Hanging inside Osana Futi’s room is a cap and gown. A cap and gown that signals a graduation that is 40 days away. A cap and gown that will never be worn.
The senior’s life was cut short by violence Saturday night after he succumbed to injuries early Sunday that he sustained during a fight that turned into in Fremont’s Blacow District on Saturday.
Hundreds gathered on Newark Memorial’s football field Monday night for who turned 18 on March 27 and embraced one another while candles were lit, songs were sung and memories were shared.
He Was My Son
Futi was looking forward to June 9, relatives and friends said. It would be the day he would walk the stage to graduate. It would be a time when he would be reunited with his mother, who lives in Samoa.
Since the age of 11, Futi has lived with his late father’s brother’s family. But while he was technically a nephew to her, his aunt and legal guardian Solialofi Ieremia said that she calls Futi her son.
“He’s been my son since I got him,” Ieremia said. “I had Osana for seven years … my heart breaks that he’s not here.”
Futi had high aspirations to pursue a football career, his family said. Ieremia said he had already begun spring football training with Chabot Community College’s team. She added that despite having been briefly expelled last year, Futi was bright student.
Ieremia said she’d like Futi to be remembered “as a loving kid, as a kid who loved to play football … as a good student … because that’s who he was.”
Paradise Is Where He Is
Futi was a loyal friend whose heart – and smile – was big, friends said.
While holding a candle in her hand, Newark Memorial alumna Dannie Rooffener shared how she will miss spoiling 18-year-old Futi by bringing him lunch and spending countless hours with him on the phone.
Rooffener, who was wearing a sweatshirt memorializing Futi, said that her friend's death has been surreal.
“It’s like I’m in a dream and I want to wake up,” Rooffener said.
But the now college student shared with other vigil attendees that “paradise is where you are.”
“And paradise is where he is,” she said.
A Contagious Laugh and Incredible Athlete
When Newark Memorial senior Saul Self remembers Futi, he said he will remember their everyday interactions.
“At school we’d be standing on the grass, and he’ll just say a little thing. Sometimes it wouldn’t even be funny, but we’d laugh,” said the 18-year-old. “His laugh makes other people laugh.
His chuckle, slight Samoan accent and caring attitude are the memories of Futi that Self said he'll reminisce on as he stood by photos, candles and flowers at a memorial for another slain teen, Justice Afoa, on Cedar Boulevard.
Justice, who was Futi’s best friend, was also. He was pronounced dead at the location of the killing on Cedar Boulevard near Birch Street in December 2010.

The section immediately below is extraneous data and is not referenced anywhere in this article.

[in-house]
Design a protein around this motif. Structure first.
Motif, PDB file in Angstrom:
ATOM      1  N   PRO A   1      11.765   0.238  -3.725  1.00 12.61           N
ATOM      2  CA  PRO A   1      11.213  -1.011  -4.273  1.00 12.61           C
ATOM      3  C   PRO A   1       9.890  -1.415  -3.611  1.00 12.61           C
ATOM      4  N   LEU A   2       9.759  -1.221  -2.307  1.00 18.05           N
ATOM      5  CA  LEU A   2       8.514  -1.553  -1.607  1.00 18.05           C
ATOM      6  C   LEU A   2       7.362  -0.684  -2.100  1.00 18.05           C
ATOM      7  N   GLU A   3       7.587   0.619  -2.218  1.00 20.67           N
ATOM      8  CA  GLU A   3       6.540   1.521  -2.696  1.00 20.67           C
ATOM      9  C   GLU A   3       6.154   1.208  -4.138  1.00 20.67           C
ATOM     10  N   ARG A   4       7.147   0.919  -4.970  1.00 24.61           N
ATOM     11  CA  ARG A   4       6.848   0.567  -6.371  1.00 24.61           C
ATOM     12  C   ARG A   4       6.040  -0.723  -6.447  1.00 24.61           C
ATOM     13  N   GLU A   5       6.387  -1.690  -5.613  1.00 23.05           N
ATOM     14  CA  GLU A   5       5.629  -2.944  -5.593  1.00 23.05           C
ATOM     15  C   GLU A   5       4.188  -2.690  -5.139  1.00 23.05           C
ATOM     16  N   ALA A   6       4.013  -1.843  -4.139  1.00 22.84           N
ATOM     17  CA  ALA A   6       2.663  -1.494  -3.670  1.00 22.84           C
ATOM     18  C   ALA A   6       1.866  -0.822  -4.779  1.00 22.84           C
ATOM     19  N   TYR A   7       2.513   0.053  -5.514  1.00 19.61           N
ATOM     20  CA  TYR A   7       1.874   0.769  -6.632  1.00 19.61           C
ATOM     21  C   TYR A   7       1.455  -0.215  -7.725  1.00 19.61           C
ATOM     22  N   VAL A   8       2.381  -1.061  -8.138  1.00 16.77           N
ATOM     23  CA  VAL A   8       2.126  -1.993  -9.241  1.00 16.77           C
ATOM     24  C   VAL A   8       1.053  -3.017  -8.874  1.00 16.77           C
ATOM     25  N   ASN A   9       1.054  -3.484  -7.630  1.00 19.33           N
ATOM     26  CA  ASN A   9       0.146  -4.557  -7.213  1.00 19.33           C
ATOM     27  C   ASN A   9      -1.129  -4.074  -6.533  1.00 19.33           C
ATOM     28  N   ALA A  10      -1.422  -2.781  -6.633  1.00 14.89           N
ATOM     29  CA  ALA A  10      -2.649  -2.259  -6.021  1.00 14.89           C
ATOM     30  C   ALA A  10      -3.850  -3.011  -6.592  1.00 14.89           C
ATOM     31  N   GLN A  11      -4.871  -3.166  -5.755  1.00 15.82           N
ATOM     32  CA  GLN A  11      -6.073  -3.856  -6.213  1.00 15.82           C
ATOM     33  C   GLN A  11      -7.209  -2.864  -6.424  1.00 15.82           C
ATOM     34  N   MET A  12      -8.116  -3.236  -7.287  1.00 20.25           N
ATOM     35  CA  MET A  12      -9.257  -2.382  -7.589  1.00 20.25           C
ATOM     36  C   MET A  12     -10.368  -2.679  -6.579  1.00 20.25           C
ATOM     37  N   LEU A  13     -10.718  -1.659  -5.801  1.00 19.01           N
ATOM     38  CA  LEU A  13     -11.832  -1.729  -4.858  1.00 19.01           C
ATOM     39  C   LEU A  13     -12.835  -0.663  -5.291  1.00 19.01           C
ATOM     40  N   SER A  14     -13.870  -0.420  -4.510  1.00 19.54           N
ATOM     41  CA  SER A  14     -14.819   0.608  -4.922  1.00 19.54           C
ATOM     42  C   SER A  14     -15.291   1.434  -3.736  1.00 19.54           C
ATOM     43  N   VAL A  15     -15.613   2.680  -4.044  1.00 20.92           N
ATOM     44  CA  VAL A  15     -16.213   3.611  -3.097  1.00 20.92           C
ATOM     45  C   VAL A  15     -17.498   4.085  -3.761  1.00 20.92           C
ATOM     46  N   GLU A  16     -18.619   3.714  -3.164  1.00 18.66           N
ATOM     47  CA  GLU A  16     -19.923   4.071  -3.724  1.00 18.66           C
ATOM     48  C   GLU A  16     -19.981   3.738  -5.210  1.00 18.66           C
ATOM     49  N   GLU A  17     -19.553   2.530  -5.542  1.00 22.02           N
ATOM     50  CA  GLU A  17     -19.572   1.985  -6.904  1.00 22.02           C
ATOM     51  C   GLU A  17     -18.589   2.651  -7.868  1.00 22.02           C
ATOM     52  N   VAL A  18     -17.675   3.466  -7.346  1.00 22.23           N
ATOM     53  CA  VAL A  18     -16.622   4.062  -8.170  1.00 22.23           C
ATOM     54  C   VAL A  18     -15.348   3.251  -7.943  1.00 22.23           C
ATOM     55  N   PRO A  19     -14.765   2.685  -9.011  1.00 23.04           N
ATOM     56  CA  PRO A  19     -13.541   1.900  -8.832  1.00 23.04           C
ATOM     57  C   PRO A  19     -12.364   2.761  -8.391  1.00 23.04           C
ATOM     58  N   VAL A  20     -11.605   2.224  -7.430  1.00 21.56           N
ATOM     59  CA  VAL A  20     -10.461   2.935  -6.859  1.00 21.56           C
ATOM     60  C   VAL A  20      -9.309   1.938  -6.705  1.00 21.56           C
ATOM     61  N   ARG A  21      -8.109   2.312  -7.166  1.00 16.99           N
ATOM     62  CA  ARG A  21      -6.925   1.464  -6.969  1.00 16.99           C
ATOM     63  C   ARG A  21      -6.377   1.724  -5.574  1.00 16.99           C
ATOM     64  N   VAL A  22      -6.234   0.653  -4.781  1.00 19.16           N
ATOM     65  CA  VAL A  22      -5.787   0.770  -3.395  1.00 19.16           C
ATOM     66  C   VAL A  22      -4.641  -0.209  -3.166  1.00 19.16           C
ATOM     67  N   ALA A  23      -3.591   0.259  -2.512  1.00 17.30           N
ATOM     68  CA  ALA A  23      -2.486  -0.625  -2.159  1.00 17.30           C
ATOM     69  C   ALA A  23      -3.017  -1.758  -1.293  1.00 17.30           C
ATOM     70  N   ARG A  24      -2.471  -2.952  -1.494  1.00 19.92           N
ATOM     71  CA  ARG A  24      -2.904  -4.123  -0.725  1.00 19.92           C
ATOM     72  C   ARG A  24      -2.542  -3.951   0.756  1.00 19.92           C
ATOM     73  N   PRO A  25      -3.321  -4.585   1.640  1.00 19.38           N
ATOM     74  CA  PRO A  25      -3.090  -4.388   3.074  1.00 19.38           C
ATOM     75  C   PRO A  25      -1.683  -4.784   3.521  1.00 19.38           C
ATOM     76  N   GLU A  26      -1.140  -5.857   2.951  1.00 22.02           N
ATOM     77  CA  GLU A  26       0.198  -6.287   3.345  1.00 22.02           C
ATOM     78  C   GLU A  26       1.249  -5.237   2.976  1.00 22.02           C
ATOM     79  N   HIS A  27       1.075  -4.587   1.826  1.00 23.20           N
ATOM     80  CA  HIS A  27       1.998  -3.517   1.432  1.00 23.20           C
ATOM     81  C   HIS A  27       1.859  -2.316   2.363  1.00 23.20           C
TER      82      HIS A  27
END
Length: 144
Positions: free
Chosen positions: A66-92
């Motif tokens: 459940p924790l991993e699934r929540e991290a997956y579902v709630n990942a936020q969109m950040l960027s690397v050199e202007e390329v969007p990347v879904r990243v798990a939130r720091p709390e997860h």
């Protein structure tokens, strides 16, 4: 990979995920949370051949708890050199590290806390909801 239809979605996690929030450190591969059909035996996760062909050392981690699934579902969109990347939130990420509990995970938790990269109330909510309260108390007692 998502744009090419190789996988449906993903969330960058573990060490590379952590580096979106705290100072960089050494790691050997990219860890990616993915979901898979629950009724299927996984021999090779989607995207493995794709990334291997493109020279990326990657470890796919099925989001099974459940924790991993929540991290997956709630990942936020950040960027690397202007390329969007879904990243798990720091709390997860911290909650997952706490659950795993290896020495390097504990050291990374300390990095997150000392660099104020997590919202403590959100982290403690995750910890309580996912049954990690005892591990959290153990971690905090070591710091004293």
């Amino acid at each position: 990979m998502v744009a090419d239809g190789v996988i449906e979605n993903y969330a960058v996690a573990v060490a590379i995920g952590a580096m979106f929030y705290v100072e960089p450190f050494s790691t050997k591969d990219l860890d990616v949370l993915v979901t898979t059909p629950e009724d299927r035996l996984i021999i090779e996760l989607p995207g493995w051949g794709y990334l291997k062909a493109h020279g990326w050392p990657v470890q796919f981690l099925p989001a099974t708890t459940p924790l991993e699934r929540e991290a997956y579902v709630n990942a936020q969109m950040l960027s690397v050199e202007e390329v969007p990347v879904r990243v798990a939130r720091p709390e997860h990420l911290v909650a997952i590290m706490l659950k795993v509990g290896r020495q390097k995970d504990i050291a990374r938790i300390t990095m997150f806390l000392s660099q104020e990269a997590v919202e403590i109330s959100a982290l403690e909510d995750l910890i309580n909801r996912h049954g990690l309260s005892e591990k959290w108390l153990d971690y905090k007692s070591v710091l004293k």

On Monday, crowds gathered at the sidewalk memorial, which now includes memorabilia of Futi
But Self and Futi were not only friends. They were teammates on Newark Memorial’s varsity football team. Both played as fullbacks.
“He was great at football, at any sport really,” Self said. “He was an athlete.”
Ralph Meredith coaches the defensive line of the high school’s football team and has known Futi since he came to the United States. He remembered the star football player who has received MVAL titles, such as Defensive Player of the Year, as an “easy kid to coach.”
He said the high school’s football team members has been mourning Futi since the news of his killing surfaced over the weekend.
“A lot of them are hurting,” said Meredith, who added that he hopes Newark’s youth learns from the tragic event that stemmed from a house party.
“The kids thought Osana was bigger than life and now he's gone,” Meredith said. “You could be that tough guy, you could be on top of the world, and the next day you're gone. I think they realize that.”
A Heart of Gold
Longtime family friend Joseph Vanpool rang in 2012 with Futi and the Ieremia family. Although the two were in the same room when the clock struck midnight, Vanpool received a text from Futi.
“It said Happy New Year, Joey. I love you,” Vanpool recalled. “He was just that type of guy.”
Vanpool, who organized a bake sale held Monday night to raise funds for Futi’s funeral services, said Futi was a man who loved his family and friends wholeheartedly.
“He was great. He was there for anybody, any time,” he said.
So when Vanpool sat in Futi’s house Sunday and saw the soon-to-be graduate’s cap and gown hanging inside of a room, it hit him hard.
“He worked so hard to get there,” Vanpool said.
Last March, the Newark Unified School Board of Education voted to after it was reported that he allegedly threatened another student’s life after Justice's murder, according to numerous media reports.
But parents and school staff, protested Futi’s expulsion, noting that the teenager had been distraught over Justice's death and that the board’s decision seemed to be premature, said the high school's booster president Stacy Kelly.
“He really hit rock bottom when Justice died. It blows my mind [how he’s changed],” said Vanpool, who said the two had been inseparable.
Now that Futi is gone, Vanpool, too, said he’ll miss everything about Futi, from his laugh to his loving persona.
“His eyes would get so low, and he’d start off with a little giggle before that big laugh,” Vanpool said fondly about Futi's laugh. “He had a heart of gold and a smile that could brighten up any room.”
Relatives of Futi are working to raise funds for his memorial services. Those who would like to donate are asked to contact Stacy Kelly for the time being at firstname.lastname@example.org or 510-719-0333.
to see more photos, videos and read more comments from Monday's vigil. Check back on Newark Patch for a Patch video on the vigil for Osana Futi.